Color, 85 minutes
Russian with English subtitles
Director: Larisa Sadilova
Scriptwriter: Larisa Sadilova, with Pavel Finn
Camera: Dmitrii Mishin
Art director: Talgan Asyrankulov
Music: Akhmad Bakaev
Cast: Nilufar Faizieva, Makhsum Abdullaev, Rakhmat Khaidarov, Natal’ia Isaeva, Iurii
Kiselëv, Todzhiddin Khalikov
Producers: Karen Shakhnazarov, Vladimir Riasov, Sergei Lazaruk, Rustam Akhadov
Production: Arsi Film Company and Mosfil’m,, with financial support from the
Russian Ministry of Culture
Like her previous films, Larisa Sadilova’s sixth feature film, She, is also set on the margins of contemporary Russian society. This time her film focuses on the life of migrant workers from former Soviet republics and on their encounters with local Russian people.
The story of the film is simple: a young Tajik girl, Maija (Nilufar Faizieva), flies to Russia following her fiancé, Khamid (Makhsum Abdullaev), where he works as a guest worker and lives in the slums with other workers like him. He promises to marry her, but eventually leaves her with barely known people and returns back to Tajikistan for a marriage arranged by his parents.
Spatially, the film is set in two locations: while in the first half of the film Maija’s and Khamid’s story unfolds in the slums of migrant workers, in the second half, after the raid by the immigration service, the heroes are forced to move to a Russian provincial town where Khamid’s uncle Akhmad (Rakhmat Khaidarov) is settled with a local woman, Nadia (Natil’ia Isaeva), and is attempting to get Russian citizenship for his son Roma (Todzhiddin Khalikov). Initially, a third location, set in Tajikistan, was planned in the script, but due to changes in the political climate between the two countries and the toughening of immigration laws, funding was reduced and shooting in Tajikistan did not take place.
The film enters the world of migrant workers through Maija’s mediation. She is at the same time alien to and kin with the community. The camera follows Maija in her curious but cautious investigation of the place. At first glance, the guest workers’ shabby barracks looks sinisterly dark and cramped, but gradually the camera reveals the internal everyday life of the place: an evening meal prepared on the fire, a group of people watch television, men go to work in the morning, a Kazakh single mom neighbor does her chores, another neighbor repairs his cardboard dwelling in anticipation of a cold winter. Overlapping with Maija’s cautious perspective, the camera neither denigrates nor embellishes the view of the settlement, but rather delicately follows the details of the residents’ everyday lives. This perspective conveys a documentary-like quality, which is reinforced through the use of non-professional actors (actual guest workers) and carefully constructed sets that thoroughly replicate the real barracks. This curious but cautious pseudo-documentary point of view helps to convey the texture of the depicted world of migrant workers and to open often-invisible parts of their lives. This attentive point of view becomes even more palpable through the contrast of the episode with an intrusive cameraman, who attempts but fails to capture the lives of the migrant workers; they turn their backs on him or simply lie to the inquisitive cameraman.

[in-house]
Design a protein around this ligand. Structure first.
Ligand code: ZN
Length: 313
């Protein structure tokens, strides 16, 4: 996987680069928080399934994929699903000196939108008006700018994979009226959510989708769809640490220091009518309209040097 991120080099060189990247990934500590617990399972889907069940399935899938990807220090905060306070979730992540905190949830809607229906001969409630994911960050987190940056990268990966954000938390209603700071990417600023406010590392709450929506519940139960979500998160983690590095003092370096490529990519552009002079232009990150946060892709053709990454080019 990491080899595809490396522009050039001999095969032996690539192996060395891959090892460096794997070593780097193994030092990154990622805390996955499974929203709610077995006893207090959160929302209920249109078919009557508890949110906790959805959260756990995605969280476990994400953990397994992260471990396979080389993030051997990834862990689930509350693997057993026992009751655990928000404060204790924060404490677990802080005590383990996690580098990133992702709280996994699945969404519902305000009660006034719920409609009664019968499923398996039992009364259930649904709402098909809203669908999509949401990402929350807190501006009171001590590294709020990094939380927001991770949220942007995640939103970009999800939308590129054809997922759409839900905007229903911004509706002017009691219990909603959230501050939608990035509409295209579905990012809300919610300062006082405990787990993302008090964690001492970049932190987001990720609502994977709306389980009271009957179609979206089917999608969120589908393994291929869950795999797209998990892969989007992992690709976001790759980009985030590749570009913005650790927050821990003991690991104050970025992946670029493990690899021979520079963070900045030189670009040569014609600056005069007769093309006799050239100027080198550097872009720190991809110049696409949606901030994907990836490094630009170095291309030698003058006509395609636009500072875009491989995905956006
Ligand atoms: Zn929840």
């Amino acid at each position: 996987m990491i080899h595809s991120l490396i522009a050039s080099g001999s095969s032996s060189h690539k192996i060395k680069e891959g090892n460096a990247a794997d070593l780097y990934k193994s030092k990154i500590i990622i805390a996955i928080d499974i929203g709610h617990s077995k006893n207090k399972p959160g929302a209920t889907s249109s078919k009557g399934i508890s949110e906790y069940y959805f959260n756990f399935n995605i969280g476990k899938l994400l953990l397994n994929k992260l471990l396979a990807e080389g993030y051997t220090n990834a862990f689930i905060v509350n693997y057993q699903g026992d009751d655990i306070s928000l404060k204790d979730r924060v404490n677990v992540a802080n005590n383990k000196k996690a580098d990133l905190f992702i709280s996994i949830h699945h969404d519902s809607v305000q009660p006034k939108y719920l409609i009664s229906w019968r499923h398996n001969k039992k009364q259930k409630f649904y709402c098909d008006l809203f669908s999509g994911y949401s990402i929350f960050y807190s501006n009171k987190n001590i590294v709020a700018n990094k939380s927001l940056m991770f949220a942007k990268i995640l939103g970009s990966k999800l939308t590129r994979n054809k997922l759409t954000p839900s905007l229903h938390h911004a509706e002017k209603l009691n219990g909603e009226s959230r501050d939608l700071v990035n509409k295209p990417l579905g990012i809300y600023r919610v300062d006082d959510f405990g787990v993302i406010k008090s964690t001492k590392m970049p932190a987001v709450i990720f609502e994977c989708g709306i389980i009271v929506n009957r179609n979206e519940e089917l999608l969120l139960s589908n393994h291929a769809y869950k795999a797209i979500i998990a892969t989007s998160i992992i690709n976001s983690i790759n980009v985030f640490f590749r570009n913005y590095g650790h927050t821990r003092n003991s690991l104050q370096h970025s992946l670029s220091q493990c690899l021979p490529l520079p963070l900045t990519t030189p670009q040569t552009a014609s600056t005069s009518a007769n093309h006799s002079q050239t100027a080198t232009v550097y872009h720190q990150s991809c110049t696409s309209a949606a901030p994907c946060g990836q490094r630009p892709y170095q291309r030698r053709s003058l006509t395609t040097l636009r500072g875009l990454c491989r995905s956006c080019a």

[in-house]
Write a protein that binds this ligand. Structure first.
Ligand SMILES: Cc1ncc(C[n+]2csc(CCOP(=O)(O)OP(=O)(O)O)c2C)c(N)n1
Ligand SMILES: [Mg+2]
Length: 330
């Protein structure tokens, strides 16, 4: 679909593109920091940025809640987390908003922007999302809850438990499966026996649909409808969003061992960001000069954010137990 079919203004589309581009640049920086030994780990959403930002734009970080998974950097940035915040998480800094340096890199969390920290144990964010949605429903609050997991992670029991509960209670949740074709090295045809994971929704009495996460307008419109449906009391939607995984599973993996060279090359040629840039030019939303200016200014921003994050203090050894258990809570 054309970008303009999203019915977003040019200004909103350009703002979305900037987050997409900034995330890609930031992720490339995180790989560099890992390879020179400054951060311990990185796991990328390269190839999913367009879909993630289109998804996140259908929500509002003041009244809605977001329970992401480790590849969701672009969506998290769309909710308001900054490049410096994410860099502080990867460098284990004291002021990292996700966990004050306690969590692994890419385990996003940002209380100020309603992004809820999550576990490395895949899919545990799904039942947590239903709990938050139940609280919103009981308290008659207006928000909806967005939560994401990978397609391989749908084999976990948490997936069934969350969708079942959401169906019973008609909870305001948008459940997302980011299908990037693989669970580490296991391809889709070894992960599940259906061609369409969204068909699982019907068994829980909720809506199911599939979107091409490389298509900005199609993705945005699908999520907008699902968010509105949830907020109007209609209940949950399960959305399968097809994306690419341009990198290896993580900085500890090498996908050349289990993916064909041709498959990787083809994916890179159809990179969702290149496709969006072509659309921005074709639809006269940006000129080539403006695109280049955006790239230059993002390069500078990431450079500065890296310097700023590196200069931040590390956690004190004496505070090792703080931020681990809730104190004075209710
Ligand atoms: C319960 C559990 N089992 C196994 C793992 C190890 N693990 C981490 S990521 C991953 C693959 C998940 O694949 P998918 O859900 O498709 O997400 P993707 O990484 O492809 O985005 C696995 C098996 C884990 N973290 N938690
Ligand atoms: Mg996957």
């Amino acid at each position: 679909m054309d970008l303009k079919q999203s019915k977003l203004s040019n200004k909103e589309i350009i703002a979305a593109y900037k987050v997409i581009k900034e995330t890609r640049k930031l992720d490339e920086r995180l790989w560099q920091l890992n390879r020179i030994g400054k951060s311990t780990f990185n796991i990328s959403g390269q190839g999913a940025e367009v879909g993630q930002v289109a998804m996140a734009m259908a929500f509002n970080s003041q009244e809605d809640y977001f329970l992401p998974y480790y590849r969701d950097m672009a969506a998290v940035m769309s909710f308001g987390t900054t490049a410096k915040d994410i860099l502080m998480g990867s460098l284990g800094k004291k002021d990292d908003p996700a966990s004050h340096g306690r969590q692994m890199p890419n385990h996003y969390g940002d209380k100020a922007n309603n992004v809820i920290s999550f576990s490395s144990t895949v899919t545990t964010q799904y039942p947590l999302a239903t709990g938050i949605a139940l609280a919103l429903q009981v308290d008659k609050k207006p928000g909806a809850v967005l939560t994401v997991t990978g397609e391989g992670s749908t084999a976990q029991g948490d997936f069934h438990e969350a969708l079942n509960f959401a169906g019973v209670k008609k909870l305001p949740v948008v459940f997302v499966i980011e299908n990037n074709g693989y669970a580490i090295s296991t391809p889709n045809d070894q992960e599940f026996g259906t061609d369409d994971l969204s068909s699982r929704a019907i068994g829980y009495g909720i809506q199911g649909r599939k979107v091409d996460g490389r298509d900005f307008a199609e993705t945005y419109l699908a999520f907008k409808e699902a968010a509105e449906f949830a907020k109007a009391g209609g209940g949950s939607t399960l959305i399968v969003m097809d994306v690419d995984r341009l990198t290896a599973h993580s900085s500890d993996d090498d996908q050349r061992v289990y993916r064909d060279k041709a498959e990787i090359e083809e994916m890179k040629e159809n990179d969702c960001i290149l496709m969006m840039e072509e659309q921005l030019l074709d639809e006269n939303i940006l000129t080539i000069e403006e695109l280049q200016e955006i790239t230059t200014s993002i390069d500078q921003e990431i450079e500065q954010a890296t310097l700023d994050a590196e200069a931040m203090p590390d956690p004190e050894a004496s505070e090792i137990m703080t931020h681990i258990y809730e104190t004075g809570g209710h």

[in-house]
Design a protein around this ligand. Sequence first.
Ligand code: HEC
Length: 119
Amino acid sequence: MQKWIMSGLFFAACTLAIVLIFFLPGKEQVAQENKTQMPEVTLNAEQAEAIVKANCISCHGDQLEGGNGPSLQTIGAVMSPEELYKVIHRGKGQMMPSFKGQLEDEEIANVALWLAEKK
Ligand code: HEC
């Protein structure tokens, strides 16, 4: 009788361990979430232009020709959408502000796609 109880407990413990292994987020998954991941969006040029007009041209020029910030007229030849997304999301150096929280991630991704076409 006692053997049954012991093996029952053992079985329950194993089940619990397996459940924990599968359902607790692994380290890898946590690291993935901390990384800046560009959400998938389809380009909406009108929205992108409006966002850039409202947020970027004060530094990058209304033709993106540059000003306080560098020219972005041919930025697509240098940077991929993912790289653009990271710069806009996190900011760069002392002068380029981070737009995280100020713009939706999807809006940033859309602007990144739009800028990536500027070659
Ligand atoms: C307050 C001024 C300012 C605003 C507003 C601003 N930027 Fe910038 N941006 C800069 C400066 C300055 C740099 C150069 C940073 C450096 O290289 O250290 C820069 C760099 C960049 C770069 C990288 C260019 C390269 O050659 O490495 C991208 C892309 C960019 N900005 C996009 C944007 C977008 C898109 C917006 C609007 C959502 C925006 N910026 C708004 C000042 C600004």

After Khamid and Maija move from the barracks to stay with uncle Akhmad, the melodramatic line of the narrative unfolds around Maija: Khamid leaves Maija and she stays with uncle Akhmad, his common-law wife, Nadia, and his son Roma, with whom she becomes closer. Here the film shows multiple facets of the interaction between migrant workers and local people: uncle Akhmad negotiates with the military commissar to get his son Roma into the Russian army; over a bottle of beer Akhmad’s business partner Boria (Iurii Kiselëv) teaches Roma, who barely speaks Russian, no less than Pushkin’s verse; and more importantly, Nadia, with her love and compassion, allows her interaction to rise above nationalistic and cultural frictions.
This is captured not only in her relationship with Akhmad, but also in her interaction with Majia. Repeating a familiar trope of the emancipation of Central Asian women, Nadia persuades Majia to change into European clothes and argues with Akhmad over imposing his conservative views on young Maija. When Maija becomes a burden and even a shame to her compatriots, it is again Nadia who offers help. It is as if the film gradually reveals how female bonds outweigh national bonds and how feminine compassion and love help to overcome cultural and linguistic barriers. In the penultimate scene at the bus station, when Nadia and Maija see off Akhmad and Roma, the camera tracks several similar couples with other “Nadias,” whose love and compassion gently offset the antagonism toward the migrant workers.
When Sadilova states that the film is about love, she seems to have in mind this all-embracing feminine love, epitomized by Nadia. In one of her interviews, the director acknowledges that all her films have a female perspective, but then adds, “I am not a feminist. I am against both gender equality and inequality alike.”
Larisa Sadilova came to Moscow from Briansk, a town that informs the settings of several of her films. She graduated from the State Institute for Filmmaking (VGIK) in 1982 after completing her studies in the workshop of directors Sergei Gerasimov and Tamara Makarova. Her directorial debut, Happy Birthday! (1998) was the cinematic event of the year in Russia; since then, she has continued to garner attention on the domestic and international film festival circuit. In addition to her work as scriptwriter and director, Sadilova has acted in films, including Gerasimov’s Lev Tolstoi (1984).